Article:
How to Equip the CBR Testing Machine?

California Bearing Ratio is commonly known as the CBR testing machine, developed by the California Division of Highways in 1930, in order to justify the strength and resistance of subgrade soil and pavement designs. The civil engineers have subsequently observed and testified the authentication of the CBR testing machine. It is now a go-to option to be taken under place before any structure planning. It helps us in determining the thickness of various pavement layers through a penetration plunger.

The CBR test is enforced by computing the pressure required to get access to the soil with a plunger of the standard zone. The evaluated compression is then divided by the pressure required to achieve an equal penetration on a standard crushed rock component. In other words, the pressure up to penetration of 2.5 mm is measured and its ratio with respect to the bearing value of a standard crushed rock is taken into consideration. Moreover, it is observed that the rocks solid the surface, the bigger the CBR value. Generally, few areas of sand may have a CBR value of 10%, while a value of 2% indicates a sloppy surface and a value between 80-100% depicts a high-quality sub-base.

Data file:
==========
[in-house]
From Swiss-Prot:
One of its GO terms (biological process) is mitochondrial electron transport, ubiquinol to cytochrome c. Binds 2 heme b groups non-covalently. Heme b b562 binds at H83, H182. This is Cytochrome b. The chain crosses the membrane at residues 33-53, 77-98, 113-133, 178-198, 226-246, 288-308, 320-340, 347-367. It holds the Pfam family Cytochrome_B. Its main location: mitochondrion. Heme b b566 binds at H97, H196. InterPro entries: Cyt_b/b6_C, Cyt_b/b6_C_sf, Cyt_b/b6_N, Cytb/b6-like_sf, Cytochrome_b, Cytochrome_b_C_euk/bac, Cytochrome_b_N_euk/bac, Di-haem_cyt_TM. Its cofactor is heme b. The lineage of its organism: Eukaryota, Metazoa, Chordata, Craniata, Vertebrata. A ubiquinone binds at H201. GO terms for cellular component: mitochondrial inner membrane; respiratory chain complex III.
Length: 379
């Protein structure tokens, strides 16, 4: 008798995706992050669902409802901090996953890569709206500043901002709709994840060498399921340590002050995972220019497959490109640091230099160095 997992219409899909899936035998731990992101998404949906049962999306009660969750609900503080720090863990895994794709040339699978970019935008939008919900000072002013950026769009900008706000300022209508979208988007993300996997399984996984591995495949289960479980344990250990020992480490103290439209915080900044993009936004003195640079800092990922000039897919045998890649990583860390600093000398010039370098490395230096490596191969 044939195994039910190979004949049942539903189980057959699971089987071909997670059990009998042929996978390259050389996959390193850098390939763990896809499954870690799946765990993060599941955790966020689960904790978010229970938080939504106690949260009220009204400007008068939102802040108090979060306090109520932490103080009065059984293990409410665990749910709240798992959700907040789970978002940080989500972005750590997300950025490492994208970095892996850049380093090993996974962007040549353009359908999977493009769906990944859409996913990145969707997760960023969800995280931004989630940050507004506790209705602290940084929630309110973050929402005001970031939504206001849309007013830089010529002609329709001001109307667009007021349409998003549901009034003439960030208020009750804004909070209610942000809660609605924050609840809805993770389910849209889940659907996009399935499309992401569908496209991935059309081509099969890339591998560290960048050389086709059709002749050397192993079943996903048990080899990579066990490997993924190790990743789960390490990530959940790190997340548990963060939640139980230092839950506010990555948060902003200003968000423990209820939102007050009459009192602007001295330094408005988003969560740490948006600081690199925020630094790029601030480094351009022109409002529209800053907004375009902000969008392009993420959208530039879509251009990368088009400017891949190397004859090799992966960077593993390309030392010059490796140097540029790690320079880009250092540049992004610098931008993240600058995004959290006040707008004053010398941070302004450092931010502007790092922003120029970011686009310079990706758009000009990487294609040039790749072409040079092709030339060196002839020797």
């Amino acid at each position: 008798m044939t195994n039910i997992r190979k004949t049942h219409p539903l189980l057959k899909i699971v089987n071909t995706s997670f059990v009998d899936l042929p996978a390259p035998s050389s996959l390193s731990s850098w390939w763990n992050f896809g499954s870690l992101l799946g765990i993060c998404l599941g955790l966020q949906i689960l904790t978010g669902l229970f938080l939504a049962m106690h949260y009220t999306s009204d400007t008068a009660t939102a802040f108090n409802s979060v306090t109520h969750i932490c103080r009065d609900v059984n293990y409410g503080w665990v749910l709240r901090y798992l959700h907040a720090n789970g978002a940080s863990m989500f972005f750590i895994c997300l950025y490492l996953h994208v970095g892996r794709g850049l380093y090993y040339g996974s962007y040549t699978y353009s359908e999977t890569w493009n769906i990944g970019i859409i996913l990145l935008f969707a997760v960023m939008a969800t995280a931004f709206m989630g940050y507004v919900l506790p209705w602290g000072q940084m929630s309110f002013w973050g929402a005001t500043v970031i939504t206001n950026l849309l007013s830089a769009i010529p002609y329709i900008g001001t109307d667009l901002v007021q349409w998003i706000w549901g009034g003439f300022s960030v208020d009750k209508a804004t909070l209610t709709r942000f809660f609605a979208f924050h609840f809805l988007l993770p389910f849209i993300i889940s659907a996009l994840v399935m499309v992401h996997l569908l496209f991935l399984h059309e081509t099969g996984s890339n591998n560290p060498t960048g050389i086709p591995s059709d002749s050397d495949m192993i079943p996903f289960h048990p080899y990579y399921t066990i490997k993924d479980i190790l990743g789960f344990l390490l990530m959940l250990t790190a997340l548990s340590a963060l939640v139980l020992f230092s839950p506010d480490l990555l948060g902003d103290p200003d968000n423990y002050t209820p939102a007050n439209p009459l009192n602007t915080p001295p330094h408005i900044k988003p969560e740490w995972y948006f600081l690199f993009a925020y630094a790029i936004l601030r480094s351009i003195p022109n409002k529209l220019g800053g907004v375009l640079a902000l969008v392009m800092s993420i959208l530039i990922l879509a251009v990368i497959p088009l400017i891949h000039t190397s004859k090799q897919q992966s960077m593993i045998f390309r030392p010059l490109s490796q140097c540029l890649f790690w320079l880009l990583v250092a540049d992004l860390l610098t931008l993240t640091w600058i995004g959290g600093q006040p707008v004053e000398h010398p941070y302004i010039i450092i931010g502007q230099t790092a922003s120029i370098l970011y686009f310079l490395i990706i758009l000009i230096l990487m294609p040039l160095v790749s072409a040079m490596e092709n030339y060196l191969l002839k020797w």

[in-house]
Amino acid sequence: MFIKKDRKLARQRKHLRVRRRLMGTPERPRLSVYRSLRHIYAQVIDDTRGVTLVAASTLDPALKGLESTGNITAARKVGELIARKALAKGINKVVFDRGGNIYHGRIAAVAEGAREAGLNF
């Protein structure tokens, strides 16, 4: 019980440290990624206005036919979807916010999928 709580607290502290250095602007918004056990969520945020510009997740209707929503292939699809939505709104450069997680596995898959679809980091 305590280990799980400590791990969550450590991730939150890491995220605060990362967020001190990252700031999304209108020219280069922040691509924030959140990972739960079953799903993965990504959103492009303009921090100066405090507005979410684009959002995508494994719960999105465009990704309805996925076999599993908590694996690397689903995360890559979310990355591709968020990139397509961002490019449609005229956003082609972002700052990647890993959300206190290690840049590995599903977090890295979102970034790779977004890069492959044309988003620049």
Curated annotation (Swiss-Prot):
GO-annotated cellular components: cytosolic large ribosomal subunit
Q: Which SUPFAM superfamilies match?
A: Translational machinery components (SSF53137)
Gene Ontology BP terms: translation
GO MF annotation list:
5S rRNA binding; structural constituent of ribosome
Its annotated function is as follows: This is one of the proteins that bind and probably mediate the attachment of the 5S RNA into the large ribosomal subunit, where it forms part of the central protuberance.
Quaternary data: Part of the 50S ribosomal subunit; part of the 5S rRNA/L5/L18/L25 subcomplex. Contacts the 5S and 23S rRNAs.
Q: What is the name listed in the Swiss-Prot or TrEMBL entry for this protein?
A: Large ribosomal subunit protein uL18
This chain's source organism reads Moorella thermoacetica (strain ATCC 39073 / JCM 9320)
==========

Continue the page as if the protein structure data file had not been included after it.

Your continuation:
As per the guidance the procedure to conduct CBR testing is as follows:

Taking 3 samples each of about 7 kg must be compressed with a density range from 95% to 100%. Weigh of empty mold. Gradually, add water to the first sample (compressed it in five layers by giving 10 blows per layer). After compaction, eliminate the collar and level the surface. Take a sample of moisture content. Weight the molds with the addition of the compacted sample. Then, place the mold in the drenched tank for up to four days. In the meantime, take other samples and apply different blows and repeat the whole procedure. After four days, scale the swell reading and find %age swell. Take away the mold from the tank and drain the remaining water. Then place the sample under the penetration device and place some extra weight of 10lb. Apply the weight and note the penetration load values. Draw the graphs of penetration, penetration load and find out the value of at the required degree of compression.

Edward Powell